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Urmia or Orumiyeh (Persian: ارومیه, pronounced [oɾumiˈje] (listen); Azerbaijani: اورمیه و, romanized: Urmiya, Kurdish: Ûrmiyê ,ورمێ; Syriac: ܐܘܪܡܝܐ, romanized: Urmia, Turkish: Urmiye) is the largest city in West Azerbaijan Province of Iran and the capital of Urmia County. It is situated at an altitude of 1,330 metres (4,360 ft) above sea level, and is located along the Shahar River on the Urmia Plain. Lake Urmia, one of the world's largest salt lakes, lies to the east of the city, and the mountainous Turkish border area lies to the west.
Urmia is the 10th most populated city in Iran. At the 2012 census, its population was 667,499, with 197,749 households. The city's inhabitants are predominantly Azerbaijanis who speak the Azerbaijani language. There are also minorities of Kurds, Persians, Assyrians, and Armenians. The city is the trading center for a fertile agricultural region where fruits (especially apples and grapes) and tobacco are grown. Even though the majority of the residents of Urmia are Muslims, the Christian history of Urmia is well preserved and is especially evident in the city's many churches and cathedrals.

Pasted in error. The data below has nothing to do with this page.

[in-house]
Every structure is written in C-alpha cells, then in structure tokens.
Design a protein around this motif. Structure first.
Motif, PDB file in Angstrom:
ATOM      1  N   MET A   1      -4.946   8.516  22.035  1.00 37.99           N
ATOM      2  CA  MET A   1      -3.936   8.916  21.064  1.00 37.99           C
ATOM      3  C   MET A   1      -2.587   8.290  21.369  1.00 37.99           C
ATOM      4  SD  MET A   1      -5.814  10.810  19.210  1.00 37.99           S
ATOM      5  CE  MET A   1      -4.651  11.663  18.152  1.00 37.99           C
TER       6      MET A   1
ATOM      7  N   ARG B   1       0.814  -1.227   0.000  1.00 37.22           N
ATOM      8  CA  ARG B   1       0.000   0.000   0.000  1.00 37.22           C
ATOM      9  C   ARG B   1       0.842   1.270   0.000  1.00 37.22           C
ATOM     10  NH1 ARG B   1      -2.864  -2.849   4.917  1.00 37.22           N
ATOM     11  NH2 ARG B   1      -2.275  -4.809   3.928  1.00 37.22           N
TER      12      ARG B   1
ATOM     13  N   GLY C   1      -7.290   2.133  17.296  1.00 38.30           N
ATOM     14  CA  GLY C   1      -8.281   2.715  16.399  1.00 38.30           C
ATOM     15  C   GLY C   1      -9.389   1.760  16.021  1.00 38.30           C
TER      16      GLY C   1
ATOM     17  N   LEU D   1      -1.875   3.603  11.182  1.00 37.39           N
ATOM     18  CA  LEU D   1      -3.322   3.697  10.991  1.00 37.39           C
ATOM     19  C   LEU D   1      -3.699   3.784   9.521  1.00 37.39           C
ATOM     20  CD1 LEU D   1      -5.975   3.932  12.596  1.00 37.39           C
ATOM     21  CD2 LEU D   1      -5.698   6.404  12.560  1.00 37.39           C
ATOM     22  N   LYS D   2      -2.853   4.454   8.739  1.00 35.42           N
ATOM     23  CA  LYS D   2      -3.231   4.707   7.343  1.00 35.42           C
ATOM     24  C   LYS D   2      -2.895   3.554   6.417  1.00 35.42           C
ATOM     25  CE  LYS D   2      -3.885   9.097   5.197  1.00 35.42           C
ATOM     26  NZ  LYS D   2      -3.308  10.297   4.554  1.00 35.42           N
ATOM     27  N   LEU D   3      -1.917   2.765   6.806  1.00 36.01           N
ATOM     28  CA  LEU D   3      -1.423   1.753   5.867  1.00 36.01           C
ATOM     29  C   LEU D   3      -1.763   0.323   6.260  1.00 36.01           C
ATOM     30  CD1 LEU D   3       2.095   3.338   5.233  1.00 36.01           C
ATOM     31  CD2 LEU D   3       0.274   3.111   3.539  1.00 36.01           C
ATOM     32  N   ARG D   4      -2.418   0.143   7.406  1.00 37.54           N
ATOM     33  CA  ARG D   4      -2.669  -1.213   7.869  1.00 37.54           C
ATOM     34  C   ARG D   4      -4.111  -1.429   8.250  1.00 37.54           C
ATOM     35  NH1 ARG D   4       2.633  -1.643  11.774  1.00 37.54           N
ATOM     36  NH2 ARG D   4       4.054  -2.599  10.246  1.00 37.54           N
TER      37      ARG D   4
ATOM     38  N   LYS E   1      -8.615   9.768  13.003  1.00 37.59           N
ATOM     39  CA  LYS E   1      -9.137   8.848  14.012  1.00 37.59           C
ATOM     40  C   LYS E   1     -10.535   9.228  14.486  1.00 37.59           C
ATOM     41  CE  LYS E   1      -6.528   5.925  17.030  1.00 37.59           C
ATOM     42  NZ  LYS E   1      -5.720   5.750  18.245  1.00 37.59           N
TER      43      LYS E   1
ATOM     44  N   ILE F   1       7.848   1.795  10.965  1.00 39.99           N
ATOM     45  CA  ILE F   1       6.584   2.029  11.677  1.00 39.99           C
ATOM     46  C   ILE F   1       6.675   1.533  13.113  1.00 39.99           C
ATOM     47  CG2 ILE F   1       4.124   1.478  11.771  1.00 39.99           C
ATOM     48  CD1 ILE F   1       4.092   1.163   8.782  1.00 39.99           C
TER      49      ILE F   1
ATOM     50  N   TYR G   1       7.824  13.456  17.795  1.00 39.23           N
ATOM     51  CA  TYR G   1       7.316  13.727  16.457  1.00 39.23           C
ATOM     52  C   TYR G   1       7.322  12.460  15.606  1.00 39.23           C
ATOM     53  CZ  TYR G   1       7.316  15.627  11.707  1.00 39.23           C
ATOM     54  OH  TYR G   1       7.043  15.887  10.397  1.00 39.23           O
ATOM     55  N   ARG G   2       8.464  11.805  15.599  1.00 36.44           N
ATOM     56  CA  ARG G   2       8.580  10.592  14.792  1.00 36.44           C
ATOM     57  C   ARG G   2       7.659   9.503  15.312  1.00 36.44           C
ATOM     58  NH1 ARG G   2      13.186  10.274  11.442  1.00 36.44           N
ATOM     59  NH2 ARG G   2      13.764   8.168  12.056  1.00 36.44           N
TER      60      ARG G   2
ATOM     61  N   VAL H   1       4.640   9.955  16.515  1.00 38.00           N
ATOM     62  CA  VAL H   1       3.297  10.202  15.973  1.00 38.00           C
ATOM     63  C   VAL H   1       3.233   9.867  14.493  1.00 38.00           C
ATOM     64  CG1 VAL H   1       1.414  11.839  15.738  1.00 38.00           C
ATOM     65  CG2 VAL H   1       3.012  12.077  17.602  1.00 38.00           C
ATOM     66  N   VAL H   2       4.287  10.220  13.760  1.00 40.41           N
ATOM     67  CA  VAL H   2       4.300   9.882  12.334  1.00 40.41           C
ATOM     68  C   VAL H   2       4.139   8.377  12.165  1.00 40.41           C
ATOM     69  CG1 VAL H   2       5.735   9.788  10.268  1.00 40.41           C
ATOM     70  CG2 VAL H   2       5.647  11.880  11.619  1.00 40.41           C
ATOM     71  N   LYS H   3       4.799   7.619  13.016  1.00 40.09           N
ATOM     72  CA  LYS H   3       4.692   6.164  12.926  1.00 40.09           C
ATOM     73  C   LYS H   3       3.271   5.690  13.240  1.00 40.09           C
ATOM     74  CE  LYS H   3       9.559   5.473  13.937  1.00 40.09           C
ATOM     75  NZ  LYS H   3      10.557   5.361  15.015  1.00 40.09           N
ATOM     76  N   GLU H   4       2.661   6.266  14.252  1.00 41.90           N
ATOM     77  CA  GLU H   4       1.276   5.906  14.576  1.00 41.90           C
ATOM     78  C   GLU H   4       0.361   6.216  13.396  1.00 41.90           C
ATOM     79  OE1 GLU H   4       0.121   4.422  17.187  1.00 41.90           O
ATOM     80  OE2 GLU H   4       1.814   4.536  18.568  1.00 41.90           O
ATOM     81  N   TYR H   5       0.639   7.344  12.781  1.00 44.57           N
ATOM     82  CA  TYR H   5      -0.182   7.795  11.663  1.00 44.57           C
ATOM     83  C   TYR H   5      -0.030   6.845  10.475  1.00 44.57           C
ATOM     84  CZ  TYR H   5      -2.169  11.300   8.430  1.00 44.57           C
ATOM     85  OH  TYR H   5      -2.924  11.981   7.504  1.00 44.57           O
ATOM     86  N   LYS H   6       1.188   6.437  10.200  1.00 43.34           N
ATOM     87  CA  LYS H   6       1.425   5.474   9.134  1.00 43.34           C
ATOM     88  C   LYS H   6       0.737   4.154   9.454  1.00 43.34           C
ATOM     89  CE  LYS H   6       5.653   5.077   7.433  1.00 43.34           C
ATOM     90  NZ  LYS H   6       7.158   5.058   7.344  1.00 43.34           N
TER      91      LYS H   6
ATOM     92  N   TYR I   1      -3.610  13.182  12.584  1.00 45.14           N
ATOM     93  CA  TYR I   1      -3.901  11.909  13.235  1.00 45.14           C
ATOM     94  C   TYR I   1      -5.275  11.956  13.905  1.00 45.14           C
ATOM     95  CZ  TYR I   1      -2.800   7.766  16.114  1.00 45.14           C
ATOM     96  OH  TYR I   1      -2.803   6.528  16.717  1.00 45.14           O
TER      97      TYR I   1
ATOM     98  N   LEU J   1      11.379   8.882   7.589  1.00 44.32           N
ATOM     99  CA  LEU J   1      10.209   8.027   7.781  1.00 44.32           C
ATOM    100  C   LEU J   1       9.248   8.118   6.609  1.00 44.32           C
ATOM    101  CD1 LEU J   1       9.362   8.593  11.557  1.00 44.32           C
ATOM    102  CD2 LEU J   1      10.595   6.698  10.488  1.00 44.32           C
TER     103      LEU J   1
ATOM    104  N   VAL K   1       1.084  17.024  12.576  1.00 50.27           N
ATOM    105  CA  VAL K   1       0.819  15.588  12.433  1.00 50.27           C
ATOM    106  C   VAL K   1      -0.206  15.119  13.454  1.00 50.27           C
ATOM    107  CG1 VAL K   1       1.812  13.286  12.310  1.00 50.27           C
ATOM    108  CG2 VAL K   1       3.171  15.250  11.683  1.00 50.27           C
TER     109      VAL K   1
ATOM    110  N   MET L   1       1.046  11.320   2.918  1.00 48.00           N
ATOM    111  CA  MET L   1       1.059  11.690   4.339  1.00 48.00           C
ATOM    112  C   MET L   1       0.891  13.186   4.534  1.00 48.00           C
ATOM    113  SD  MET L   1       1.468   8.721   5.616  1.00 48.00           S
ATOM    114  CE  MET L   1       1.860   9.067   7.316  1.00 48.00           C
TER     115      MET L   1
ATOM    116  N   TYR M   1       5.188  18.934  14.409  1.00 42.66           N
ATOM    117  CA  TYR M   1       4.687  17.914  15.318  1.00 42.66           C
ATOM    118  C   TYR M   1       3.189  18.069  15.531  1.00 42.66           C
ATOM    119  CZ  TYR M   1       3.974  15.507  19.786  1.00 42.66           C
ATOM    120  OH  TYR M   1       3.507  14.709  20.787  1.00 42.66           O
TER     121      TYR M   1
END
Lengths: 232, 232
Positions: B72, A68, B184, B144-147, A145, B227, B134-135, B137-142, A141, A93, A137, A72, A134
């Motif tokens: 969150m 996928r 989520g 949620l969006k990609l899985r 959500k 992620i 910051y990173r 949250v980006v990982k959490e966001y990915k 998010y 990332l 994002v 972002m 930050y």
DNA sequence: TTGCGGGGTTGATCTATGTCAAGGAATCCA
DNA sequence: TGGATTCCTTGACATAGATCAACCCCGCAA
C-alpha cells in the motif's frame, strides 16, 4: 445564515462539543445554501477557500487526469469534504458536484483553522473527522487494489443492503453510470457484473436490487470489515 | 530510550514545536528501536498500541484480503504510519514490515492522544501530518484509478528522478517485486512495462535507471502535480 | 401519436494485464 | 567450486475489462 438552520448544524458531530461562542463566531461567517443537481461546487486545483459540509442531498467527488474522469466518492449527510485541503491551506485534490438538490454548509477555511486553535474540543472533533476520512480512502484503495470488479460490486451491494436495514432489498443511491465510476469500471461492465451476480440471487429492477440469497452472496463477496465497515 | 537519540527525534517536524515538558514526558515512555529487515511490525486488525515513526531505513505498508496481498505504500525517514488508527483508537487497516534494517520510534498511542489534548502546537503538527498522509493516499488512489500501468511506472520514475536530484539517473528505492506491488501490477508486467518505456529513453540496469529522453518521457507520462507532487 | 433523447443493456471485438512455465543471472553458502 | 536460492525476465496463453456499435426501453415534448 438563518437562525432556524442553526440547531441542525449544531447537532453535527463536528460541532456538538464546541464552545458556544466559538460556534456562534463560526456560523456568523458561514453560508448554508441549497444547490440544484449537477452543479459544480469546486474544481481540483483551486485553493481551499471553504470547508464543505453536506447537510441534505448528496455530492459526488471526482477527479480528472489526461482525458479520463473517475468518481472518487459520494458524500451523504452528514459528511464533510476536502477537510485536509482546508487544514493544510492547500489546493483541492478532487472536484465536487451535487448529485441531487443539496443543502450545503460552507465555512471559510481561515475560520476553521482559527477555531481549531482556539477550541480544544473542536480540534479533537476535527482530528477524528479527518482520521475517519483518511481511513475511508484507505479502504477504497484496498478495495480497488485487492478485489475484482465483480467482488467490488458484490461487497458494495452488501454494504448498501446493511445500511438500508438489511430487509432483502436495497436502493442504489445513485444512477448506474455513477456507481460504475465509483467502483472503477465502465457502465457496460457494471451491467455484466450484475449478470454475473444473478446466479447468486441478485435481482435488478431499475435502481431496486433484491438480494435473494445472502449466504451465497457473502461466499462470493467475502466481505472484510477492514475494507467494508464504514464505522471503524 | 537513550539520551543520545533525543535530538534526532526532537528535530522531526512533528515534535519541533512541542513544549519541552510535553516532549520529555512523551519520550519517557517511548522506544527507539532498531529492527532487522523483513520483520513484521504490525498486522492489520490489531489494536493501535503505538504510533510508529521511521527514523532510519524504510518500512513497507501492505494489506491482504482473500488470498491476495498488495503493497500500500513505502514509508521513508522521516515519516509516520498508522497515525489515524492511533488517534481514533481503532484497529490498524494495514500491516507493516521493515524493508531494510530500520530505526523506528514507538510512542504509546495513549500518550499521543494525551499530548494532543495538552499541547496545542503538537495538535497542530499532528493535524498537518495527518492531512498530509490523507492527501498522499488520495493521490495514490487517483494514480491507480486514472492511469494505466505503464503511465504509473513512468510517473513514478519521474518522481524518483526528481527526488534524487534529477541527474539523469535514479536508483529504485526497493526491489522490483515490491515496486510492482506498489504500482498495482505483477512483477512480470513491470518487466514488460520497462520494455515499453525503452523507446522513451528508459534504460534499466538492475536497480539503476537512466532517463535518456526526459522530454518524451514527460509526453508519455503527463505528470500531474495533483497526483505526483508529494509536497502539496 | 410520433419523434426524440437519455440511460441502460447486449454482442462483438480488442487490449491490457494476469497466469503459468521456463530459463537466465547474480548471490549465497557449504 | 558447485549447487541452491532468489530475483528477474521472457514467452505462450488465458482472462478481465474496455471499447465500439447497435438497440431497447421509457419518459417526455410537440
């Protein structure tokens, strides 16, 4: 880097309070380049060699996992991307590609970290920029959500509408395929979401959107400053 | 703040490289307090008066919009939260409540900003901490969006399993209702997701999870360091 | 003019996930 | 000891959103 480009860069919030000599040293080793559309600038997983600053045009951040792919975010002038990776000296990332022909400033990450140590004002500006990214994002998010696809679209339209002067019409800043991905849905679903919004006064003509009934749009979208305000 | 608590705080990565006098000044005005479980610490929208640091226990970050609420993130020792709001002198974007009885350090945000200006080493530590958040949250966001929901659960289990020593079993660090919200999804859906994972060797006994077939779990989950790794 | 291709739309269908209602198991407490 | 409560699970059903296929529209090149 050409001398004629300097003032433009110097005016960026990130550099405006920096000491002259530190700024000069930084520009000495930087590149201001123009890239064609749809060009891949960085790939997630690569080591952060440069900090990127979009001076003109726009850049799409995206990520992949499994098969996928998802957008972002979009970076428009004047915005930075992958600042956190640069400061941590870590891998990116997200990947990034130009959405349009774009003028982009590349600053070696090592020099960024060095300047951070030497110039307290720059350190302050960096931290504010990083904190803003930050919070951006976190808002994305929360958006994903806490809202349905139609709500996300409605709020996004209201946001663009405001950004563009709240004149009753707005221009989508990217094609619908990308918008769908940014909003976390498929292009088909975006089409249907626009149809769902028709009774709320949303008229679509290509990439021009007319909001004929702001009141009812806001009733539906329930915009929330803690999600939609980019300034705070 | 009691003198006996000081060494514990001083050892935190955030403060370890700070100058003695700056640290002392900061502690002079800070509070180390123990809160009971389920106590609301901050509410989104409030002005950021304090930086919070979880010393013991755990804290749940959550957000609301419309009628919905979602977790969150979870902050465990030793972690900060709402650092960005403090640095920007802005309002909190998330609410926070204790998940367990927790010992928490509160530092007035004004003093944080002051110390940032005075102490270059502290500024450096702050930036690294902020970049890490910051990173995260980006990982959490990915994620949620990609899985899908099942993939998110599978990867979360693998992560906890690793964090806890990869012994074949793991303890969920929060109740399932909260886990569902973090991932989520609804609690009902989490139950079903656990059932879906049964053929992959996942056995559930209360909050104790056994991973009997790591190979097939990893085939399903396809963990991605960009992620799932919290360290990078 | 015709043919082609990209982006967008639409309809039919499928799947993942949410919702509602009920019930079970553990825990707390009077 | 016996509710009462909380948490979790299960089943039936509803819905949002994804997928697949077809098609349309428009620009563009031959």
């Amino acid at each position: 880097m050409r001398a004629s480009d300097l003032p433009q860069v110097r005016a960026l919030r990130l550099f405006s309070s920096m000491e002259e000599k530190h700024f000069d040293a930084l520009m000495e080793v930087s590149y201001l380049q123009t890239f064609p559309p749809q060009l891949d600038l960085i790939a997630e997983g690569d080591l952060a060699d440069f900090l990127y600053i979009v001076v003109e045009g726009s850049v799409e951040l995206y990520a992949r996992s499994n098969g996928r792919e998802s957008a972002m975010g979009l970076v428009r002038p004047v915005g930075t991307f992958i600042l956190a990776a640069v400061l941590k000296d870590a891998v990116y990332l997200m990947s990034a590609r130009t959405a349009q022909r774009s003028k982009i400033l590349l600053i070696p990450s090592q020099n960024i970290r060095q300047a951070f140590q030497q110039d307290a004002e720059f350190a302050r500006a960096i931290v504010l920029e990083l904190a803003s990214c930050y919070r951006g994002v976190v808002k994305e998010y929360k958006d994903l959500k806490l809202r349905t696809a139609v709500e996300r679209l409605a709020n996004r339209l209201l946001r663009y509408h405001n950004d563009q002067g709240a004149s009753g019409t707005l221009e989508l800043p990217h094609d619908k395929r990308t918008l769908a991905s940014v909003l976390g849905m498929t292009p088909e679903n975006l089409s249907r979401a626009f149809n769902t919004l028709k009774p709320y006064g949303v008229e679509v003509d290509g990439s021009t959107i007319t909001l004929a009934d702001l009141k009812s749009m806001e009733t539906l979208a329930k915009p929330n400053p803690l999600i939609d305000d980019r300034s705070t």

An important town by the 9th century, the city has had a diverse population which has at times included Muslims (Shias and Sunnis), Christians (Catholics, Protestants, Nestorians, and Orthodox), Jews, Baháʼís and Sufis. Around 1900, Christians made up more than 40% of the city's population; however, most of the Christians fled in 1918 when Ottoman Empire invaded Qajar Iran and committed genocide against Urmia's Assyrian and Armenian population.
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